2. Understanding the Basics in Premiere Pro

This tutorial from Adobe is a straightforward look at how to handle audio clips on your Premiere Pro timeline. The video covers using the pen tool, track keyframes, volume, and gain. These adjustments and tweaks are simple, yet essential, for editing video effectively. Your video must be mixed well — striking a balance between what we see and what we hear — or your video will be unwatchable.

3. Editing Audio in DaVinci Resolve

Editing audio in DaVinci Resolve is so much easier than you might initially think. If you watch any tutorials about it, you’ll see the workflow entails using the Fairlight section of Resolve. This is just where you’ll access the audio editing feature. This video is perfect for anybody new to the software or for anyone switching from Premiere or FCPX. It acts as an amazing guide to what to expect, and it explains how to find some of the tools you’re already familiar with from other programs.

4. Editing Audio in Final Cut Pro X

Understanding levels is something that takes years of video editing experience to master. In this video from Chadwin Smith, we look at the basics of working with and correcting audio within Final Cut Pro X. The video dips a little into editing theory with how you want your levels to flow with dialogue and music. This is necessary for understanding how audio serves the video on your timeline, creating a complete professional final product.

5. EQ Masterclass

The microphone company Deity takes us through a deliciously in-depth tutorial on understanding the ins and outs of working with EQ. This tutorial breaks down what to expect when opening or applying a Parametric EQ effect to your audio clips.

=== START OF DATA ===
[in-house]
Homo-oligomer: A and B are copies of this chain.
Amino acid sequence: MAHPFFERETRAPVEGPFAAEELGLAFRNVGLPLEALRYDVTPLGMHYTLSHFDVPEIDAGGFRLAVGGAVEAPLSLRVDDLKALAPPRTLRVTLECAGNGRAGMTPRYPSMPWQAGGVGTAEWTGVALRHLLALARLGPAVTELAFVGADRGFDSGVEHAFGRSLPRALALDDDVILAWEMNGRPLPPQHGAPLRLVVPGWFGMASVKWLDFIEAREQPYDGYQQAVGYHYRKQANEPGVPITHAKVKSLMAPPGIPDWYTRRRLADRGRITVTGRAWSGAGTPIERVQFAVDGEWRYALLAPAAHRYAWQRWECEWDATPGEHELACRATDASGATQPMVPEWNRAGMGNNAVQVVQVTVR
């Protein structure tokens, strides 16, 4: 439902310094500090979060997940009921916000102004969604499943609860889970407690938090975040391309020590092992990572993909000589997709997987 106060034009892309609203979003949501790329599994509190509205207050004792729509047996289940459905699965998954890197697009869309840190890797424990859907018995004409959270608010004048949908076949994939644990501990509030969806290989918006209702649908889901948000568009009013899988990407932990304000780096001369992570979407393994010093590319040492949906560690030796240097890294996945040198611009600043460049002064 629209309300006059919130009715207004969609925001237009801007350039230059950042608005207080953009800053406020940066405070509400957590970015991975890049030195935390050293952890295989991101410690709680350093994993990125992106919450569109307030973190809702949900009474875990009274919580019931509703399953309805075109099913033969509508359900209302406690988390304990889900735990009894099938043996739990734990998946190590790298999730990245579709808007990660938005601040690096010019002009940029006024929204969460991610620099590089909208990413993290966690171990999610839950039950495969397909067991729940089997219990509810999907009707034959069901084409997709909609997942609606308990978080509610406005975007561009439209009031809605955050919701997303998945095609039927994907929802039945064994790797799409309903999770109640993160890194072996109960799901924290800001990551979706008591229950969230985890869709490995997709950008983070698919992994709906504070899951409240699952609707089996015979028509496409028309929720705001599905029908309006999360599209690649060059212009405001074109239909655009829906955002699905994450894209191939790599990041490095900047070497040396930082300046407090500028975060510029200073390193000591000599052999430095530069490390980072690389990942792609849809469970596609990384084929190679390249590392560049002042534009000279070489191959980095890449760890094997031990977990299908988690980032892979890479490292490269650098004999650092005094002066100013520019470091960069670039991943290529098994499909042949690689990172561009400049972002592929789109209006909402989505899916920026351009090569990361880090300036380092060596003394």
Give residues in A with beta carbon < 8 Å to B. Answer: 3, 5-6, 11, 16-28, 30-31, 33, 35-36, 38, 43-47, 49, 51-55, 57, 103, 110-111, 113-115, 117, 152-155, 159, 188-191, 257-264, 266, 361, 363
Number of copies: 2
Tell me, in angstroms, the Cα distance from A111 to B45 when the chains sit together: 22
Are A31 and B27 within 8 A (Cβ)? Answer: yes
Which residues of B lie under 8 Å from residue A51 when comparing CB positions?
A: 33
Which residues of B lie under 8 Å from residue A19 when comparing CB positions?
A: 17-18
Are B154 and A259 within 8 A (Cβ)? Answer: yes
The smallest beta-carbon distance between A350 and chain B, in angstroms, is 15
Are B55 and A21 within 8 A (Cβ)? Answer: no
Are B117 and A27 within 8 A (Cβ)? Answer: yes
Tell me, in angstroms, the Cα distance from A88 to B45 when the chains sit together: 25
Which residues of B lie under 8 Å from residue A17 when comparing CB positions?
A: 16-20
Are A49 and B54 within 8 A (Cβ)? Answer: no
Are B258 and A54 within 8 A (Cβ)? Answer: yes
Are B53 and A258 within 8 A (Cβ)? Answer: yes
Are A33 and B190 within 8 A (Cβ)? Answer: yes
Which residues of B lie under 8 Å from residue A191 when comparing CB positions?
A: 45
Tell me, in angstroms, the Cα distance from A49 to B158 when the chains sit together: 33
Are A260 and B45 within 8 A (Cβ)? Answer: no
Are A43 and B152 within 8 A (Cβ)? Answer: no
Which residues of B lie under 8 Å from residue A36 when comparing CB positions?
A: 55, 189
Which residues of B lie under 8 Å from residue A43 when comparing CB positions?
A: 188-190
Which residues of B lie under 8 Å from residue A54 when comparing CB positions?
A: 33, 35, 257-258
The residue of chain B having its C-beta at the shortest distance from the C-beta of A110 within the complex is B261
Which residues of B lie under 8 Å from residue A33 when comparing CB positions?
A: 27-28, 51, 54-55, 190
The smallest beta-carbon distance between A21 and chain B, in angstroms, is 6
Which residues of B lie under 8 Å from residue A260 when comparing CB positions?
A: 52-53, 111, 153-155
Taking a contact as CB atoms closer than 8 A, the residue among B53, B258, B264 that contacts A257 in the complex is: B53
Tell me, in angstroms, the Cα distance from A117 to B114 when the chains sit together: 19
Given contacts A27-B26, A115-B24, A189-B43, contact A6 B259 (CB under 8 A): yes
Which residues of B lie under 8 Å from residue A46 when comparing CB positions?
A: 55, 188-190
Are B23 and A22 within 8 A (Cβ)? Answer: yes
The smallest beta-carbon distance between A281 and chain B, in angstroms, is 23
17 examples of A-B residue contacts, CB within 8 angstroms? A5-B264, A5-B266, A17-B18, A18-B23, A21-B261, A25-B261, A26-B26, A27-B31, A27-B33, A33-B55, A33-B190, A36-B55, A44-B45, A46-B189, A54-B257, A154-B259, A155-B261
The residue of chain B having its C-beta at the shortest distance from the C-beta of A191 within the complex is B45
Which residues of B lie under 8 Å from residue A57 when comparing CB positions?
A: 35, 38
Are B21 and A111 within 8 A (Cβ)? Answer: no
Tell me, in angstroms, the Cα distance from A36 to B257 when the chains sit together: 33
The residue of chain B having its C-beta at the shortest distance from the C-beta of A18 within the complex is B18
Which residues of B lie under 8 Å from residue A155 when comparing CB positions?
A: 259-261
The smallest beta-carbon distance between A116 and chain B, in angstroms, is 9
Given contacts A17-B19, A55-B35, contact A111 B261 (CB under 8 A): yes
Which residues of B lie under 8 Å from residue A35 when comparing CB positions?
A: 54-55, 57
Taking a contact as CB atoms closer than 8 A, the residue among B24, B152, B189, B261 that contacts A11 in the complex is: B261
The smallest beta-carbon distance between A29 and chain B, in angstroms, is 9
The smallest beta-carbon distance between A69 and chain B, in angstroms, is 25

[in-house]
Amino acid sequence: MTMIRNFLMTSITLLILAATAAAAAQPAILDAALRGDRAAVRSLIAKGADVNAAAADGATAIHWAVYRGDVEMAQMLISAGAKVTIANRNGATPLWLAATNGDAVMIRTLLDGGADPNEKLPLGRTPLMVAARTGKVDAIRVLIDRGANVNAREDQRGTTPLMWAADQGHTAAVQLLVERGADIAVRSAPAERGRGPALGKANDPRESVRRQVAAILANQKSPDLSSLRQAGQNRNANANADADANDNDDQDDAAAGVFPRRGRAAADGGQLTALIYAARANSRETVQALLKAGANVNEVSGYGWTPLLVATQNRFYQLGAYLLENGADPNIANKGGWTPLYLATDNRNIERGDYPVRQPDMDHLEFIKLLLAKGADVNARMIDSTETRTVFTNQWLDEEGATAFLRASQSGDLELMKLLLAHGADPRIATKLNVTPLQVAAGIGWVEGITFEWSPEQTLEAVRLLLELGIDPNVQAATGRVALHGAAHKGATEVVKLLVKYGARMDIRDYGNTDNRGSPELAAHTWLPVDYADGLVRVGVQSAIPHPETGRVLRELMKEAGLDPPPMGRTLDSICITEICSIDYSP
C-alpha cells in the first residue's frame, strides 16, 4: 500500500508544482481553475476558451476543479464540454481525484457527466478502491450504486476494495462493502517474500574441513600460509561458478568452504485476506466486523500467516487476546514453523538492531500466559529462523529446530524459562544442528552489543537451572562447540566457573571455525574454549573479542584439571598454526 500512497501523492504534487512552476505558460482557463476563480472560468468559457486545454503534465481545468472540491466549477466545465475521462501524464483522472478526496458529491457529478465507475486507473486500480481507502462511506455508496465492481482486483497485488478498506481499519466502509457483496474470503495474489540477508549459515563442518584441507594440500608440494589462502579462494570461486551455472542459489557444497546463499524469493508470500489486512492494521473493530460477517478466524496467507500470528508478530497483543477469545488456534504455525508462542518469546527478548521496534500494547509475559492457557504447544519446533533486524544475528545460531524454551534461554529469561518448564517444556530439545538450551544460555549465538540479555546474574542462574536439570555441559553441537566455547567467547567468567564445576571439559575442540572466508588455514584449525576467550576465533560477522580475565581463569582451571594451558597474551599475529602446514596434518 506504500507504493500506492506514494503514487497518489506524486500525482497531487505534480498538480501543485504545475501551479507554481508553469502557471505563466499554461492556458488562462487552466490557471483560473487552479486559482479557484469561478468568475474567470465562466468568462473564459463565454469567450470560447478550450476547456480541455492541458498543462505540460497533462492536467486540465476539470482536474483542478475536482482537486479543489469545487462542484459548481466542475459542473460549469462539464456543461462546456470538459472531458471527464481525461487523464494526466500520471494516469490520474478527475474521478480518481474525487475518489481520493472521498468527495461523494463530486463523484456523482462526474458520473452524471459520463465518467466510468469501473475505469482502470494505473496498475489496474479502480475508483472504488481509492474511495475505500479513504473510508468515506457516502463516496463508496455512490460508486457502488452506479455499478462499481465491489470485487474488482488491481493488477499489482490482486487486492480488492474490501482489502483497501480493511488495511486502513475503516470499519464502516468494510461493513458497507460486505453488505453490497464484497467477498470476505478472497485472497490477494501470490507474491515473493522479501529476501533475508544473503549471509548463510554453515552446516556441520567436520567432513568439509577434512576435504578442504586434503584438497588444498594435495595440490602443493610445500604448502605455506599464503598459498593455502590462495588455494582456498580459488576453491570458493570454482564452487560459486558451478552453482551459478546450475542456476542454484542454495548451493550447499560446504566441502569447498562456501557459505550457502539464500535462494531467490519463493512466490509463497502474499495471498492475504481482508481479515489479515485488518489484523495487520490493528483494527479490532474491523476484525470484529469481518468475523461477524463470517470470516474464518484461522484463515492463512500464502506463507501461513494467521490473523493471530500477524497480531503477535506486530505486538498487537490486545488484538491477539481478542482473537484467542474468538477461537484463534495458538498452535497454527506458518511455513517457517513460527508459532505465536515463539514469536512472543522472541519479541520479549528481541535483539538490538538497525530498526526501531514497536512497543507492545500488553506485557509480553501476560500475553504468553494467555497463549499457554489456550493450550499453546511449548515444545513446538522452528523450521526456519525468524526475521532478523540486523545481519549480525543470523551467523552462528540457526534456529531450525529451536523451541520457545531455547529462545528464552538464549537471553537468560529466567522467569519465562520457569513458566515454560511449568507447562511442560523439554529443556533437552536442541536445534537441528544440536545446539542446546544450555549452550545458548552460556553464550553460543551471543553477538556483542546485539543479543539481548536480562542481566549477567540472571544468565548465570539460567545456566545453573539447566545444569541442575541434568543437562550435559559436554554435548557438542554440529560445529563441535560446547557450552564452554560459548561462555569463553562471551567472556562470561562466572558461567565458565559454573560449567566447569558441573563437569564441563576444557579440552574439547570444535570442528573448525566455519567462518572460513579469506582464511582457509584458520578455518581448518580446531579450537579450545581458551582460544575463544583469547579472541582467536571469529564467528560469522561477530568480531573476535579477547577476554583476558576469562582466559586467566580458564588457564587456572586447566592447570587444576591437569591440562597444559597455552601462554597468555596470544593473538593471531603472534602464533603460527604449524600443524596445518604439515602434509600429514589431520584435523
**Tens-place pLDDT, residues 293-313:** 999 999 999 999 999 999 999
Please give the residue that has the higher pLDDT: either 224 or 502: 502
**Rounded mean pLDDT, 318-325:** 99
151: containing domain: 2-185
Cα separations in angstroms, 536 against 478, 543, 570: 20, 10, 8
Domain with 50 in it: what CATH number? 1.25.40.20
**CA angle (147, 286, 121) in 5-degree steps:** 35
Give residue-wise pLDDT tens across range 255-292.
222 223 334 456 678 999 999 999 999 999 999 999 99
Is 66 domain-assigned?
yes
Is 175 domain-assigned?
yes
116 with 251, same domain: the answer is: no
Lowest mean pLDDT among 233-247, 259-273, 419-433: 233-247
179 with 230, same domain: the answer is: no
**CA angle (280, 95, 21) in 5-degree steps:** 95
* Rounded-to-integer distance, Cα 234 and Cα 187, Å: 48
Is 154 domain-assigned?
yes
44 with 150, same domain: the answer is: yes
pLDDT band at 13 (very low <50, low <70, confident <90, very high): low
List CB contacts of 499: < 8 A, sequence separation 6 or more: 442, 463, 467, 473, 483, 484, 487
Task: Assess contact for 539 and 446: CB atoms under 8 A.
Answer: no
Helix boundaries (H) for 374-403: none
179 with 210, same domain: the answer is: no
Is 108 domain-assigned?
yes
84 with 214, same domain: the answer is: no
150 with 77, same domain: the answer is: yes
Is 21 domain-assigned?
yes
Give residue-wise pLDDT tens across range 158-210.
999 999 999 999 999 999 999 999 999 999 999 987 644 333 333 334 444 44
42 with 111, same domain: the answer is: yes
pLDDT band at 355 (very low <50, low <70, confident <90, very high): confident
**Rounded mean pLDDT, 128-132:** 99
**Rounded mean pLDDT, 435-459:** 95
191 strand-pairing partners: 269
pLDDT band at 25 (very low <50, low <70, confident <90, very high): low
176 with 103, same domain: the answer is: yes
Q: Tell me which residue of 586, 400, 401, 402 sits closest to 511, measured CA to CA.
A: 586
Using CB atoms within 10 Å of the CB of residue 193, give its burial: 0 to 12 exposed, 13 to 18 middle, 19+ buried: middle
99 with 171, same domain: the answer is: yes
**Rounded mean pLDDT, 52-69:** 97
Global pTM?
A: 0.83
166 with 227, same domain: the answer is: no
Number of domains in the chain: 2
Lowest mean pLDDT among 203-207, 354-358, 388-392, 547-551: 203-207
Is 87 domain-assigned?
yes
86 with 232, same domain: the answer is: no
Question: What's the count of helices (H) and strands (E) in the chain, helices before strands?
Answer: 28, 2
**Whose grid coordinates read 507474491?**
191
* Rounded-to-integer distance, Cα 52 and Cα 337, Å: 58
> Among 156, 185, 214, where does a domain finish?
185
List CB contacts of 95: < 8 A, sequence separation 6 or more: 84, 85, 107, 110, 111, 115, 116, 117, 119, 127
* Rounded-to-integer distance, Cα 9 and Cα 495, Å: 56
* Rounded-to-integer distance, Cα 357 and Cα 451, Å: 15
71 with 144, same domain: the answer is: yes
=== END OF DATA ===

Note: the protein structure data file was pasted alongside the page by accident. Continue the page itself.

Whether it’s dealing with high frequencies (loss of clarity) or editing pitches and tones of inconsistent vocals, this tutorial is essential for any editor — if only because you’re inevitably going to be given terrible audio files and asked to perform a miracle. On top of fixing problems, the tutorial covers creating and applying effects for voices and sounds as well.

The tutorial uses Premiere, but the ideas and explanations can be applied to FCPX and Resolve. You’ll find EQ effects in every NLE, for the most part.

6. Make Your Audio Sound Incredible in Premiere Pro

Acting as a second part to his original video on recording audio and gear recommendations, Matt Johnson walks us through his mixing process for editing videos. Even though this tutorial is for a wedding video, it’s still recorded dialogue that needs to sound clear.

With the example he’s working with, the dialogue is inconsistent in volume and overall quality, so he details how using the Multiband Compressor plugin can help turn things around. After walking you through how to set this effect, he then shows you how to save this as a preset for you to use later.

7. Clean up Noisy Audio in Under Thirty Seconds

In this rapid-fire video from Shutterstock Tutorials, we look at how to reduce noise in Premiere and Audition in just three easy steps.